I'm aware that the above is dangerously close to a sermon. I should add that it's not just me that thinks like this – it's a fairly established idea, as far as I know. Given that, my vague attempt to avoid being preachy probably failed. Ah well. Sorry bout that.

March 24, 2005

Do the Media

Writing about web page http://www.alertnet.org/thefacts/reliefresources/111056581462.htm

War in the Democratic Republic of Congo, a country two-thirds the size of Western Europe, has claimed at least 10 times as many lives as the December tsunami yet remains almost unheard of outside of Africa, key players in the aid world said.*
Gilligan said the main reason the tsunami got huge coverage while war in Sudan has faded from the front pages was it was new, wiping out lives from one minute to the next.
There is a consensus in the media industry that the tsunami was covered better than any previous disaster.

The Tsunami on boxing day was a terrifying thing. Numbers of people beyond imagining died very suddenly, with little or no warning. It was, without doubt, an absolute tragedy for anyone remotely involved.

And the response, it is widely reported, was stunning. I got at least 2 or 3 emails from Oxfam saying 'You've been incredible', and for the first time I've ever heard of, they closed the donations, and said they had enough. That is a great example of generosity when it was desperately needed, and it will undoubtedly make an incredible difference to the survivors of the tsunami.

Nothing new there for anyone. The questions I'm asking though start with this – why, when so many disasters pass by almost unnoticed, did the tsunami get such huge coverage?

Possibly it was the suddenness of it. Early figures were in the thousands, though anyone actually looking at where the numbers were coming in from must have been able to see very quickly what kind of increase was likely. The media knew that thousands, almost definitely hundreds of thousands, were dead – and it had happened almost unbelievably quickly. For those who had friends and family in the affected zones, it must have been a nightmarishly fast transition from 'they're on holiday – probably sunning themselves on the beach, lucky..' to 'are they even alive!?'

That also is a possible reason – the papers here could print fairly quickly lists of names and photographs (including Steve Pretty, old Sab) in one paper of 'missing Brits'. A huge area was covered, including a large number of popular holiday destinations, and the number of people in Britain with some kind of connection to someone out there must have heightened interest.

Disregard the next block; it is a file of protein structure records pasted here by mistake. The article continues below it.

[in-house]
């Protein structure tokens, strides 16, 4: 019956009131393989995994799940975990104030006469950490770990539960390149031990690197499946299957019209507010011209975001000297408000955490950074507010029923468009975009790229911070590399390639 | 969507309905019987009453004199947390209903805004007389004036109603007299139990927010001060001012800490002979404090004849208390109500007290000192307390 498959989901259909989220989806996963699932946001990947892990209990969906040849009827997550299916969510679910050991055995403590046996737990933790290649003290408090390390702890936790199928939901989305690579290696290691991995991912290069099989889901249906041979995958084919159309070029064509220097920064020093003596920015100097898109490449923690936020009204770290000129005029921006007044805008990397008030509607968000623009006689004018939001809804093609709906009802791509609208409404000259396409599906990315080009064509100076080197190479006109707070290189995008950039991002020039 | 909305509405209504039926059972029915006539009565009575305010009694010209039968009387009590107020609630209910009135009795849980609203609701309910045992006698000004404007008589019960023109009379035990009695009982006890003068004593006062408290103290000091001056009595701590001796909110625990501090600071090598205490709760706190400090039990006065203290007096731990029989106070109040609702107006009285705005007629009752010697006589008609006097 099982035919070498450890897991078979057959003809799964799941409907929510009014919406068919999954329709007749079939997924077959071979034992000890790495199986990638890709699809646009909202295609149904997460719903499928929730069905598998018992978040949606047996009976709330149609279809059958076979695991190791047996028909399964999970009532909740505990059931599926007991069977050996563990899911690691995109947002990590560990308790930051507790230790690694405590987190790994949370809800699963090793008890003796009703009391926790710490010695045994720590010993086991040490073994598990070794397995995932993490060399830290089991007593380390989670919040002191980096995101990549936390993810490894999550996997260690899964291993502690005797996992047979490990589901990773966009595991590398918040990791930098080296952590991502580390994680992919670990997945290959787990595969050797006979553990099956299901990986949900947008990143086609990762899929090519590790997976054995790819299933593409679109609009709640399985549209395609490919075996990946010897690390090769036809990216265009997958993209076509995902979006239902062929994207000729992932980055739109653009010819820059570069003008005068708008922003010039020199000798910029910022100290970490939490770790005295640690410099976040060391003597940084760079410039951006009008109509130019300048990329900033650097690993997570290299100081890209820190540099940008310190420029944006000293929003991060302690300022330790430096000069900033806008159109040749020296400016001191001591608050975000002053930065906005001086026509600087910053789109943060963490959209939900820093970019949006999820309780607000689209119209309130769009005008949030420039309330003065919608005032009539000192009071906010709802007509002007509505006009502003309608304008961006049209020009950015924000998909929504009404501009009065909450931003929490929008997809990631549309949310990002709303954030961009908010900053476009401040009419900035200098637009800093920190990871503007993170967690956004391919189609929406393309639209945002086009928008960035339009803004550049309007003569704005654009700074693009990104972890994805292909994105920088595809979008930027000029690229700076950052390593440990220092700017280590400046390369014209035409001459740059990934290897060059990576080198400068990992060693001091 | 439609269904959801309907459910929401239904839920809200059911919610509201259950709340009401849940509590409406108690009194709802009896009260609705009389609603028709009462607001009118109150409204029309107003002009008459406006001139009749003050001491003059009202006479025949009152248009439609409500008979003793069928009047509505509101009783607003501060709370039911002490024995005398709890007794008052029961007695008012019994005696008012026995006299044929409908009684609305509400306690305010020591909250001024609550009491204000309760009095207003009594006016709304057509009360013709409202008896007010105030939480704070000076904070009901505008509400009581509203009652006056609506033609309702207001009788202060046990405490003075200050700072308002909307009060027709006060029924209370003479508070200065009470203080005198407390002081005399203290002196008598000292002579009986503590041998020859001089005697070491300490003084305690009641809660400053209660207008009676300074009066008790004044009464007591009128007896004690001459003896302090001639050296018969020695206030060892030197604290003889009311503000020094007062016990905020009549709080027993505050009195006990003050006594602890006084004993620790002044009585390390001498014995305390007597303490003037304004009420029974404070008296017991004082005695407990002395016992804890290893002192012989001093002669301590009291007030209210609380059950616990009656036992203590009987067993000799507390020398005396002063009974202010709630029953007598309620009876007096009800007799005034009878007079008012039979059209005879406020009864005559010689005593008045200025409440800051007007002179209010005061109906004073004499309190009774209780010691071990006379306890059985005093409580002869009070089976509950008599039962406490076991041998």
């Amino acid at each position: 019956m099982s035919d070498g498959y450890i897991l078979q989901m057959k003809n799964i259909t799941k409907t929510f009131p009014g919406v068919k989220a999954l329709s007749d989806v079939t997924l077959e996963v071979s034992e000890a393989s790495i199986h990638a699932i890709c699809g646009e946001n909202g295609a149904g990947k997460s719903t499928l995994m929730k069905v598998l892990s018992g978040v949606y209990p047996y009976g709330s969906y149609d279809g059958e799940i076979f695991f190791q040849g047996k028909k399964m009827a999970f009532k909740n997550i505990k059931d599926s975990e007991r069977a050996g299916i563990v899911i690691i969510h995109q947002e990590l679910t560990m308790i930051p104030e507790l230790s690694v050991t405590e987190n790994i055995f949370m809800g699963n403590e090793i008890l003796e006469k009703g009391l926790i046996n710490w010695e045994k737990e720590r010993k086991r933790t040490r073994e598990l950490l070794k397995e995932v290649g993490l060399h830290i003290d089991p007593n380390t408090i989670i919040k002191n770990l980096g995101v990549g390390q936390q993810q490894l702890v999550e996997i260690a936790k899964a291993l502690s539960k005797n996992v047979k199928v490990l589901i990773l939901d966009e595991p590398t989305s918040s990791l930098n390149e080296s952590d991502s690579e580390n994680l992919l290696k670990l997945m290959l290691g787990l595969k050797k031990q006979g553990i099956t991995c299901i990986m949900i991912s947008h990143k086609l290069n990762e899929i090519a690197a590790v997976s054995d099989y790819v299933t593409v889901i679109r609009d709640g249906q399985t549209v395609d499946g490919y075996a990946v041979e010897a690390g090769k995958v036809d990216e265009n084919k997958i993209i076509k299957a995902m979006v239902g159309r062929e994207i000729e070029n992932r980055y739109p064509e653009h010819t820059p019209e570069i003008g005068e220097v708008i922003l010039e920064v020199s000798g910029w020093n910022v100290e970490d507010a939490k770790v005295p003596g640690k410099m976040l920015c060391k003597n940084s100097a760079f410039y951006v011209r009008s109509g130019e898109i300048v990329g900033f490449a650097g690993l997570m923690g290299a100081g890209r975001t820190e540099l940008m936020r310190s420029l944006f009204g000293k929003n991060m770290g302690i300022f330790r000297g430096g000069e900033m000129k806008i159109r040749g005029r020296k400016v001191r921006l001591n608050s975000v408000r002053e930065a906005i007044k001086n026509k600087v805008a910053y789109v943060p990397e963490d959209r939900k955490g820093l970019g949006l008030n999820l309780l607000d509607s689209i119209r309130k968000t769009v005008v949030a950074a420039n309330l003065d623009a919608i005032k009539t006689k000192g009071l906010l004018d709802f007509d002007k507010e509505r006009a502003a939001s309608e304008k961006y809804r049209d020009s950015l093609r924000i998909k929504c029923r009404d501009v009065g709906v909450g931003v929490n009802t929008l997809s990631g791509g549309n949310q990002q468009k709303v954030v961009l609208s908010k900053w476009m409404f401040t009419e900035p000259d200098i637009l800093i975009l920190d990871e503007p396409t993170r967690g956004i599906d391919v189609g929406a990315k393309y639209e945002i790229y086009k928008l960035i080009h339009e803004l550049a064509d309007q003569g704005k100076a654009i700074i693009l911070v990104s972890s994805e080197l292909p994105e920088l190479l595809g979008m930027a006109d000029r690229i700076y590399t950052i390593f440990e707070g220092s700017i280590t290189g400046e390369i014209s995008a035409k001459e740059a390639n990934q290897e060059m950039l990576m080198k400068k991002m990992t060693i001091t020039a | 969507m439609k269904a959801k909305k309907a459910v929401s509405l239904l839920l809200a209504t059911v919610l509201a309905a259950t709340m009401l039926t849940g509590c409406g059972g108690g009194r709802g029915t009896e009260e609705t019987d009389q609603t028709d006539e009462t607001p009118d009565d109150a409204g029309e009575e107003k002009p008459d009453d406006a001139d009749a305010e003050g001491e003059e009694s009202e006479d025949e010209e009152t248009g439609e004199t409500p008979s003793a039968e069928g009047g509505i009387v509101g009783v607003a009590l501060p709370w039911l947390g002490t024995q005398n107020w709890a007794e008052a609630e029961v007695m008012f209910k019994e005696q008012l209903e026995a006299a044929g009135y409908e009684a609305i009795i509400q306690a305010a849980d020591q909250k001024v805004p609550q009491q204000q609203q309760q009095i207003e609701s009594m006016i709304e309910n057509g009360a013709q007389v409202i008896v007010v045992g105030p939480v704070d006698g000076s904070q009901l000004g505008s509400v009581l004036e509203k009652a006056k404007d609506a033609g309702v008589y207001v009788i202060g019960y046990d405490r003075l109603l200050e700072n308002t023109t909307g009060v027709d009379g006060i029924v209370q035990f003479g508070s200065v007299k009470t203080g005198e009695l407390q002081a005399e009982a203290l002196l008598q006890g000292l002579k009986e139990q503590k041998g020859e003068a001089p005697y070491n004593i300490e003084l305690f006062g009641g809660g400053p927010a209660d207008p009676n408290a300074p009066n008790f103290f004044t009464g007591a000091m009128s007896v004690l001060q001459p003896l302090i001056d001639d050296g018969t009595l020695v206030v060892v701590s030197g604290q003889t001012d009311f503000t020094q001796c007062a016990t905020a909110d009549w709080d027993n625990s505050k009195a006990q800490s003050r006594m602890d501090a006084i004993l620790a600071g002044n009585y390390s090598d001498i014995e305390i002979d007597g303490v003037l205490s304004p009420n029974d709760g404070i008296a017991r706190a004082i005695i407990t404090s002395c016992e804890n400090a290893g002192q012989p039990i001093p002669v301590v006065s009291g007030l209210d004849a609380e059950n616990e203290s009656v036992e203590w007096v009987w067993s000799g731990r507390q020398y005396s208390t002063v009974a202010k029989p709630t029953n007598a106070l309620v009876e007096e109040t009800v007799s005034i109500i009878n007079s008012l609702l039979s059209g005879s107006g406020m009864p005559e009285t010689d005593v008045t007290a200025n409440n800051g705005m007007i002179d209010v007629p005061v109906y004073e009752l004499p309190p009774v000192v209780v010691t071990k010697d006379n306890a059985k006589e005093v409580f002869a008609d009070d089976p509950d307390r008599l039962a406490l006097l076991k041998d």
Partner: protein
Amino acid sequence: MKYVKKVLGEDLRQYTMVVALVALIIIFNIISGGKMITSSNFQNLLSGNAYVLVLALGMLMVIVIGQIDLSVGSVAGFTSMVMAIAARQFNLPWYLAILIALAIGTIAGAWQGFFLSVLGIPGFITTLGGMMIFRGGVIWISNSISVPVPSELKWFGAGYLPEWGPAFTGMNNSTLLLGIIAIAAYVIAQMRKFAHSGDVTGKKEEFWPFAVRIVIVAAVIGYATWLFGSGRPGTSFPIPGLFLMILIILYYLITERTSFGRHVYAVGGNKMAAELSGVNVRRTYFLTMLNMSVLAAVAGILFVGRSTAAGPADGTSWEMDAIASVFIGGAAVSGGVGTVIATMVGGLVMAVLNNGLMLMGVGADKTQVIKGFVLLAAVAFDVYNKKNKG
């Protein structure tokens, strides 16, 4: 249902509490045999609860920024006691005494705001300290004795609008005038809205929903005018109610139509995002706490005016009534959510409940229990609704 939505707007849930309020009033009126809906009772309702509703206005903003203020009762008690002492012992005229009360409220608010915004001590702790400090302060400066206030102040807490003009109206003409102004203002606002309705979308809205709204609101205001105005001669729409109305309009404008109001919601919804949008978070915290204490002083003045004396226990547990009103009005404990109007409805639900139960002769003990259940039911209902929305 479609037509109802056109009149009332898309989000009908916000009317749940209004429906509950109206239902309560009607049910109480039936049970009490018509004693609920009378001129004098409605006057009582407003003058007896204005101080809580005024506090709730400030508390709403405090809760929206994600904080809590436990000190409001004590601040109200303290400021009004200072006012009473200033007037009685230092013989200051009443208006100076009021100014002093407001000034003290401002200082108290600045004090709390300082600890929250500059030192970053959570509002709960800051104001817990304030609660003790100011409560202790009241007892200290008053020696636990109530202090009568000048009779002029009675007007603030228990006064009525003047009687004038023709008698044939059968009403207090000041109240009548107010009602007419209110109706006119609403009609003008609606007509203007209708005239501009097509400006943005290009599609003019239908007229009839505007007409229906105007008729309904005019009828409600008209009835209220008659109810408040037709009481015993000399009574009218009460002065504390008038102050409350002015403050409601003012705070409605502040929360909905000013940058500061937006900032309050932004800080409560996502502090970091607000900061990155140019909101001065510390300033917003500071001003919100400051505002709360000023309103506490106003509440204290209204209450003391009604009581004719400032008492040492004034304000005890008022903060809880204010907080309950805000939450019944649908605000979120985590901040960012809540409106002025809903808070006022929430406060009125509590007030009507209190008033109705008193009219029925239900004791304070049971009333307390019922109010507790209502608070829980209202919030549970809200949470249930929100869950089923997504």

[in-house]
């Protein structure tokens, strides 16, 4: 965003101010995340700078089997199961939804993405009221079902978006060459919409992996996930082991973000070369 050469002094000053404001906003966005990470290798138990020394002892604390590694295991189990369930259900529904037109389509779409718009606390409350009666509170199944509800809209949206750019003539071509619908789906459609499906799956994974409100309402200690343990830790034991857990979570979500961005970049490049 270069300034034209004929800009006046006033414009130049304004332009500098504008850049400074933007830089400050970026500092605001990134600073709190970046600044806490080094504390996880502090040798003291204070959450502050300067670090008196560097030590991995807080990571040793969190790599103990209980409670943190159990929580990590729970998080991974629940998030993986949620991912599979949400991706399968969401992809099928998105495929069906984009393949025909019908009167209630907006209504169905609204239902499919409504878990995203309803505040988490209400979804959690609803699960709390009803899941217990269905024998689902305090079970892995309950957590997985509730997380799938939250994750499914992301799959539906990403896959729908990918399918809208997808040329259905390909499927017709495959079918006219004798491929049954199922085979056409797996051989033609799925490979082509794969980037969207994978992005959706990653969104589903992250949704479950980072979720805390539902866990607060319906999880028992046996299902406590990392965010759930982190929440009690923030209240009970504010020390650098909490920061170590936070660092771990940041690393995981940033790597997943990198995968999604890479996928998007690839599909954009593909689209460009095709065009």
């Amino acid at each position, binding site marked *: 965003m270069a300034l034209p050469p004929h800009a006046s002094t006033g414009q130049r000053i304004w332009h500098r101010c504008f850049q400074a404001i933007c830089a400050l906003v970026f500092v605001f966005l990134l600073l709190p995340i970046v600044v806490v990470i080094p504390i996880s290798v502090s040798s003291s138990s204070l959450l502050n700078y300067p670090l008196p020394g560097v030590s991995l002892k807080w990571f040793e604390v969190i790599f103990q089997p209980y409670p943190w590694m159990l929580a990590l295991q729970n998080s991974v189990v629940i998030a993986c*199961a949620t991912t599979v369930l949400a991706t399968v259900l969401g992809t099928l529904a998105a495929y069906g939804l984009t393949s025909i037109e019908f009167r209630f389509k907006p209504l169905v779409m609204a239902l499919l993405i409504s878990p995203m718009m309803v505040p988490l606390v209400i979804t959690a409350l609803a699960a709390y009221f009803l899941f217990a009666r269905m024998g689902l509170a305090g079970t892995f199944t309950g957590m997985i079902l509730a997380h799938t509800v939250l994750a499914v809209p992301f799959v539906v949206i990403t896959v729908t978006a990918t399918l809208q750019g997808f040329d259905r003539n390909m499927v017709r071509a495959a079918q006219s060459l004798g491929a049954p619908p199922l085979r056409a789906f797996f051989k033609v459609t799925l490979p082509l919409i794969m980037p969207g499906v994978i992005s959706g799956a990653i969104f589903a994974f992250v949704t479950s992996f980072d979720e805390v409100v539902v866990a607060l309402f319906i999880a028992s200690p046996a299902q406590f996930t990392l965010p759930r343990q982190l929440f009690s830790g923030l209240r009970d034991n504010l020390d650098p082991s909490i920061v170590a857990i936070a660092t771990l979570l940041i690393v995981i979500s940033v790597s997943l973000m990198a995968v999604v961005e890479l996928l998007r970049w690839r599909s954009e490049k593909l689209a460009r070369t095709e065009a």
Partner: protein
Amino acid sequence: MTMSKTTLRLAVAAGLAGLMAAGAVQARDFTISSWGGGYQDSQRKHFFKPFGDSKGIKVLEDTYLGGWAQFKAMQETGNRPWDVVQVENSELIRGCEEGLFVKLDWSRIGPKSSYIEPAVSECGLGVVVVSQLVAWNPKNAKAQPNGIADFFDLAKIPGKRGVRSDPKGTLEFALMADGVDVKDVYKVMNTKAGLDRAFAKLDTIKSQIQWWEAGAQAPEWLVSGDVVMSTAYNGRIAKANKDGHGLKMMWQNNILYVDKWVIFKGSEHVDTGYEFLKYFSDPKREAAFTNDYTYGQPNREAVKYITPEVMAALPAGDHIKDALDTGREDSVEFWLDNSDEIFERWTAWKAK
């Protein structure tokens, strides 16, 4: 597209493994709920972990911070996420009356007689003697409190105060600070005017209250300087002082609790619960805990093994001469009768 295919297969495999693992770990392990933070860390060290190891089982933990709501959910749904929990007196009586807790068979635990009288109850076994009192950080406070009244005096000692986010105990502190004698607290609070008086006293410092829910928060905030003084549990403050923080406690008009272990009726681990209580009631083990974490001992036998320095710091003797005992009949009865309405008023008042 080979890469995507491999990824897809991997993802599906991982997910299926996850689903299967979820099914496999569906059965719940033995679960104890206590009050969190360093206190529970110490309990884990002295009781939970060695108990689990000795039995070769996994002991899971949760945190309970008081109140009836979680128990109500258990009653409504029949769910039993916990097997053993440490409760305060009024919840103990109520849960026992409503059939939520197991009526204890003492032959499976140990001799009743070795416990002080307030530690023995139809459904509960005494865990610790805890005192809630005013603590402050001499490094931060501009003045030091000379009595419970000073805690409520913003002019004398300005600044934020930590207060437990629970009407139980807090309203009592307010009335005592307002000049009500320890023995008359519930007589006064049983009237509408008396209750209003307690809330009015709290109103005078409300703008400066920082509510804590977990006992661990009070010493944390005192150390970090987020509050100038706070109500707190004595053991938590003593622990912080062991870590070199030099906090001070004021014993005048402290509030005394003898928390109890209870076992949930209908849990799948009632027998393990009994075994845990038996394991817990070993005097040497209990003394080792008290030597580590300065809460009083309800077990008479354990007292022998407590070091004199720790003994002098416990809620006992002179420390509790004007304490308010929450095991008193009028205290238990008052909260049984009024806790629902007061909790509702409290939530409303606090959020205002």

That's almost definitely not a complete list, but I'll leave it there and go on to my next question – How did the media coverage affect the public response?
Having never read a study on this, I should admit at this point I'm making assumptions based on general reading and common sense. But I'd be incredibly surprised if the media coverage didn't have a large effect on the donations received. Graphic pictures of destroyed towns, orphaned children and desperately searching relatives aroused compassion, and that got people reaching for their pockets.

In the period leading up to Boxing day, a huge amount of fuss was gathering steam over 'the worlds largest humanitarian crisis' in Darfur. I found how the media behaved with that situation really interesting, and also quite confusing – before Darfur hit the headlines, the vast majority if not all of the information in the articles had already appeared in the same newspapers, just tucked away in the 'international news' section somewhere in the hinterlands of the middle pages.

And it's now disappeared again. Quoting from a Reuters article*;

"Darfur has slipped from the front pages, but the situation there is again going from terrible to being absolutely horrendous," U.N. relief coordinator Jan Egeland said.

It can be seen that the situation there is only getting worse, and this can't be helped by the lack of attention that so benefited the people of the Tsunami zones. And as the quote at the top of this entry shows, Darfur is not the largest example.

The article I've linked to brushes on this. It seems to make what sounds like an extremely sensible point – that charities who want media coverage in order to help generate donations need to invest donations in training people in their press departments to help the journalists get stories that will make it to the front page.